> pre-disposition toward integrity.  However, once people have achieved 
> public office ... by whatever means ... they are still humans; they will 
> pursue their own interest.  If we want them to maintain their integrity, 
> we must provide an environment in which integrity can survive.

Some part of this is connected to the first step of Practical Democracy, 
so I suppose I contradict myself now. Keeping record of the pyramid 
structure for later message passing, for instance, would be one such 
part. Yet other parts may be applicable to all types of representative 
democracy; for instance, staggered elections (such as having different 
election periods for different areas of the nation, so that the council 
changes gradually instead of all at once), or the term limit feedback 
we've been discussing earlier; or for that matter, diminishing lobbying 
as we're currently discussing.

> re: "How would you group people as lobbyists if you're to prevent
>      contact between lobbyists and legislators?  It seems possible
>      to me that the lobbyists would merely get a 'hidden branch'
>      that would deal with the legislators, taking the 'out of the
>      public eye' nature further."
> Lobbyists are already a 'hidden branch' (you've come up with a 
> wonderfully descriptive term for this aspect of our government).  The 
> problem is not lobbying, though, it is that lobbyists have free access 
> to our representatives.
> They (the Jack Abramoff's, and others of his ilk) operate outside the 
> system.  They influence our representatives during private social 
> events.  In addition to donating huge sums to political parties, 
> lobbyists suborn public officials with favors.  They wine them, dine 
> them, provide them with exotic vacations, hire members of their family, 
> promise them future employment and, by more subterfuges than I can 
> relate, guarantee their fortunes.  The free access lobbyists have to our 
> representatives, when added to the commitments made by party 
> fund-raisers, do, indeed, form a 'hidden branch' of our government.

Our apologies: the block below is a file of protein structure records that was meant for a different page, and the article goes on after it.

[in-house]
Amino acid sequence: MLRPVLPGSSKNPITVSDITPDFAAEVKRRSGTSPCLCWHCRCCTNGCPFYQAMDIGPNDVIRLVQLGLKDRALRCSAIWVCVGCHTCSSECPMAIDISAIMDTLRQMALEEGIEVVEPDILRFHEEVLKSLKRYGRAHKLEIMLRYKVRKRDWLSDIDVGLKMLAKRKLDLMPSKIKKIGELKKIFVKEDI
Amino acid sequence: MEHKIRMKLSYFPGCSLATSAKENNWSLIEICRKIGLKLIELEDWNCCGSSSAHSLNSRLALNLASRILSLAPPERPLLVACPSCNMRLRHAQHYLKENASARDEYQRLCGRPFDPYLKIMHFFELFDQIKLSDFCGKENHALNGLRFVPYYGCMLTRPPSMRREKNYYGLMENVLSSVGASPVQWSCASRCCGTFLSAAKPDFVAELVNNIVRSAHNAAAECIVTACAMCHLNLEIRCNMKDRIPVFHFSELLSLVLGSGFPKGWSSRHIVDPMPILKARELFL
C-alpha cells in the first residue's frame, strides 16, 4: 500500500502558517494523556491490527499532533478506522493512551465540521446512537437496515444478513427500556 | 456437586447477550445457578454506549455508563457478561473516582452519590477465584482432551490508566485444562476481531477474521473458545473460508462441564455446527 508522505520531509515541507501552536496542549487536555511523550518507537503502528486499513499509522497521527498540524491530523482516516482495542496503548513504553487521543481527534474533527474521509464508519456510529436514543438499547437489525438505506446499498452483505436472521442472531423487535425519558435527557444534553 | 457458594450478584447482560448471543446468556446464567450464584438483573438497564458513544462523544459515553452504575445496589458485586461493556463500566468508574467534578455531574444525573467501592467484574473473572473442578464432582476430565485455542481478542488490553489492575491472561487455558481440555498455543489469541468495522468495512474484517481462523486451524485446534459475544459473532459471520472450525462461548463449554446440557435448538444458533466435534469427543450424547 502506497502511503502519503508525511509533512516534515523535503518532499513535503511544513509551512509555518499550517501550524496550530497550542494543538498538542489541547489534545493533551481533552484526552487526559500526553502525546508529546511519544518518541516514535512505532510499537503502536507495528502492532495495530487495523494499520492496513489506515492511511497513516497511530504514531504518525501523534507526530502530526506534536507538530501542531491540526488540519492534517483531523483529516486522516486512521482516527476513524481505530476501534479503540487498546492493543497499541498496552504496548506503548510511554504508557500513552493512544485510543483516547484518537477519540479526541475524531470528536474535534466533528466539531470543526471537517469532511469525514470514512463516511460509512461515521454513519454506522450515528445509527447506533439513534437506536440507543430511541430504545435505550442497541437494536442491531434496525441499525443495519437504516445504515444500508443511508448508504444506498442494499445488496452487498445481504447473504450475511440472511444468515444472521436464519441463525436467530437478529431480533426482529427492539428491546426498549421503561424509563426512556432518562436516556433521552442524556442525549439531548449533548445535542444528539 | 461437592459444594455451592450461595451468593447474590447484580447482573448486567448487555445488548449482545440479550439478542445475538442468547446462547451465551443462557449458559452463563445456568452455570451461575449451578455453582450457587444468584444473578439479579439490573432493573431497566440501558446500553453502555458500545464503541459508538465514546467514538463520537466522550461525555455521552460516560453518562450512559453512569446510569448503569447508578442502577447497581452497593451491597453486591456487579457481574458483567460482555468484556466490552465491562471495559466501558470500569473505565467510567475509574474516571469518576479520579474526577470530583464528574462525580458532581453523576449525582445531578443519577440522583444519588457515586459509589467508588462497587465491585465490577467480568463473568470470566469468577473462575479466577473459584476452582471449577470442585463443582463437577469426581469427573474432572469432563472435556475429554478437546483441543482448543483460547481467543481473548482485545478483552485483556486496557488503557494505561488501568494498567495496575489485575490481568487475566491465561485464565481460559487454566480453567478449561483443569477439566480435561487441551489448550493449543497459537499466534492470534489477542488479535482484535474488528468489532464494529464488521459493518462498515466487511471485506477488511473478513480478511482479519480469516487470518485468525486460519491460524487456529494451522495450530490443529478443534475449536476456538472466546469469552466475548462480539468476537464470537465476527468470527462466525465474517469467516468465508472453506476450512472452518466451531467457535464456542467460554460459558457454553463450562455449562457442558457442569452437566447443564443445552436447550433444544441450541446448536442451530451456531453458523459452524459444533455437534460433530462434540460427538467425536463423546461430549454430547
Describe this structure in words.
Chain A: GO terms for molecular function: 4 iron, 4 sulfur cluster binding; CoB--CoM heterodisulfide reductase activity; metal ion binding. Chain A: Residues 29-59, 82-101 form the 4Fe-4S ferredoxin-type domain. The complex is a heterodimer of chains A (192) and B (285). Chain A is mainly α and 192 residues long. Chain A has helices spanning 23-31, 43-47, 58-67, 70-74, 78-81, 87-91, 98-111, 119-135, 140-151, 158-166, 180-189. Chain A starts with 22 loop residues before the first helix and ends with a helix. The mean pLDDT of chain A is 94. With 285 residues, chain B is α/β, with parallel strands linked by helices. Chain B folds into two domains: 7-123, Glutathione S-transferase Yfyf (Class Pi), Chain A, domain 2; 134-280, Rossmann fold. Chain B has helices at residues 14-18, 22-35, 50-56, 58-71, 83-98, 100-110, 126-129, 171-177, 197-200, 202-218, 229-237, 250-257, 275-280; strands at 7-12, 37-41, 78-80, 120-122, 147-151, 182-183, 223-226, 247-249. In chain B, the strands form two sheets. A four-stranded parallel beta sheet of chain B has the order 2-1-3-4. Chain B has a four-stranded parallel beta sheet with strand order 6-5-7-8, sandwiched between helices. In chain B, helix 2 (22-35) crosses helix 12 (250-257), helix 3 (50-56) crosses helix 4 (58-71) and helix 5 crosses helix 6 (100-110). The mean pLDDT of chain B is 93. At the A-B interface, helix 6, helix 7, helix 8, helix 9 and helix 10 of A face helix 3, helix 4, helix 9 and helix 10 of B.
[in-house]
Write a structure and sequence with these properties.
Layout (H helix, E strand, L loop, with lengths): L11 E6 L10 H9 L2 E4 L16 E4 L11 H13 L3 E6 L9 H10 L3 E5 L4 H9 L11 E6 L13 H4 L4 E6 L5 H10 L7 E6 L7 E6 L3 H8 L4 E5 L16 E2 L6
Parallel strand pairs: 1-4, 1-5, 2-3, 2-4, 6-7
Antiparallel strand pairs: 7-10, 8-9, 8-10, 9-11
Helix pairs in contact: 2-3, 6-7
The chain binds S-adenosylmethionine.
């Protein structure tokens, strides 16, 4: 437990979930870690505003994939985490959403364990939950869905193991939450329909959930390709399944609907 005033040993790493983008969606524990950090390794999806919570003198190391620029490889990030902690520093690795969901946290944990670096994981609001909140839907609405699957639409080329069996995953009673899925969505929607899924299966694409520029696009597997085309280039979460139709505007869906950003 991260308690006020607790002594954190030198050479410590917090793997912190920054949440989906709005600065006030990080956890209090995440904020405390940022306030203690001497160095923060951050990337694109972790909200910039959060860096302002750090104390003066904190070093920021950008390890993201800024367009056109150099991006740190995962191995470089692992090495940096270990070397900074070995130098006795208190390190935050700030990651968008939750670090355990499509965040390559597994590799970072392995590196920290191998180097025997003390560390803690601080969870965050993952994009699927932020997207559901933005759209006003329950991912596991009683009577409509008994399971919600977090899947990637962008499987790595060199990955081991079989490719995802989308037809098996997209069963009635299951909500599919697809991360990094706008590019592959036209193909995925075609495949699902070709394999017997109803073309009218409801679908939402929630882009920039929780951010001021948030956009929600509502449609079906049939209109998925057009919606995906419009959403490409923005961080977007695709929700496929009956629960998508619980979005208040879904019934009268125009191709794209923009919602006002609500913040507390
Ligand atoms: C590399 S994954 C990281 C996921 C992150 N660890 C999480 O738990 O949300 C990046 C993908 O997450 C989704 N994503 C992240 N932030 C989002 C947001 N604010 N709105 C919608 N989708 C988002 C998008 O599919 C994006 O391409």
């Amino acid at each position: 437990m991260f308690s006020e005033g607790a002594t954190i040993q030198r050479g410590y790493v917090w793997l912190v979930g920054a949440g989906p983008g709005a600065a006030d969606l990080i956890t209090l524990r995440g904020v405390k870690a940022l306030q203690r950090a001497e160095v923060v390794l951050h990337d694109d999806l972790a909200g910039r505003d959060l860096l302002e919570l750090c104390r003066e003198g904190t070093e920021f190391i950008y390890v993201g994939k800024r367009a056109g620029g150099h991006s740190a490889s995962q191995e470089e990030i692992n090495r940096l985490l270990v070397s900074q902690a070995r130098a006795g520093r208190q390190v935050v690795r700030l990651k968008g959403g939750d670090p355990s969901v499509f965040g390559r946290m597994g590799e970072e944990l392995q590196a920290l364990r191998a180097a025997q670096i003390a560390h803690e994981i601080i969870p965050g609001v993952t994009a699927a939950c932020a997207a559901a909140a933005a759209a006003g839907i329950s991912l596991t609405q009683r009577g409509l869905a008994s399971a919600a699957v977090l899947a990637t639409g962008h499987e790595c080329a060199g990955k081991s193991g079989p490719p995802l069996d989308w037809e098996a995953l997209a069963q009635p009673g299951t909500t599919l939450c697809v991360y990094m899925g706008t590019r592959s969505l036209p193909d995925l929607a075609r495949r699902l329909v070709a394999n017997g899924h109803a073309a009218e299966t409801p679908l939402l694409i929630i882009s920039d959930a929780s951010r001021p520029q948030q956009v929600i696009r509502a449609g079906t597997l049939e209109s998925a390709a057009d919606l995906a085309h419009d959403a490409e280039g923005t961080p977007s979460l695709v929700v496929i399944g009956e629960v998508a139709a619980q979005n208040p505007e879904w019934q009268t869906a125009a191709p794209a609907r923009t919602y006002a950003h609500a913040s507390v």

> There is no need to group lobbyists, the group we must protect are the 
> people we elect to represent us in our government.  The best, indeed, 
> the only way, to protect them is to prevent access to them.  Those who 
> wish to influence legislation must present their arguments, publicly, in 
> the hearing rooms provided for the purpose.  That must be the absolute 
> limit of their interaction with our elected representatives.  That is 
> best done by maintaining our elected representatives at government 
> facilities during their term of service.

How do we do that? Public officials gain some knowledge of the direction 
of politics by interacting with the world, so even if it were 
permissible, we couldn't just stick them all in the council building 
until their term is up. How do we keep the officials free while still 
limiting the influence of lobbyists, when this influence is outside of 
the system? Outright bribery can be limited (as long as we don't 
consider money free speech), but the more indirect means... that's not 
so easy.

Perhaps trying to close off the means is a wrong approach, and what we 
really need is radical transparency when dealing with "the public 
official as public official". If he proposes a law, let all know it. If 
he objects, or proposes amendments; the same. What he does in private 
wouldn't come into it, and lobbyists could exert their influence, but 
the moment the public official acts upon that influence when in his 
capacity as a public official, the effects will be noted; not just by 
the idea of accountability, but by that "he represents us, so all of 
what he does as representative is our business". This would still 
require vigilance, though, and perhaps some attenuation mechanism so 
people can make sense of the enormous amount of material that would be 
produced. Also, one would have to be careful not to turn it into 
relentless populism (there's that too-safe versus too-responsive thing 
again) where the official would have to waste lots of time appearing to 
do the right thing every single moment to please the voters, even if 
that appearance is ultimately inconsequential (as in acting a certain 
way when being in the council).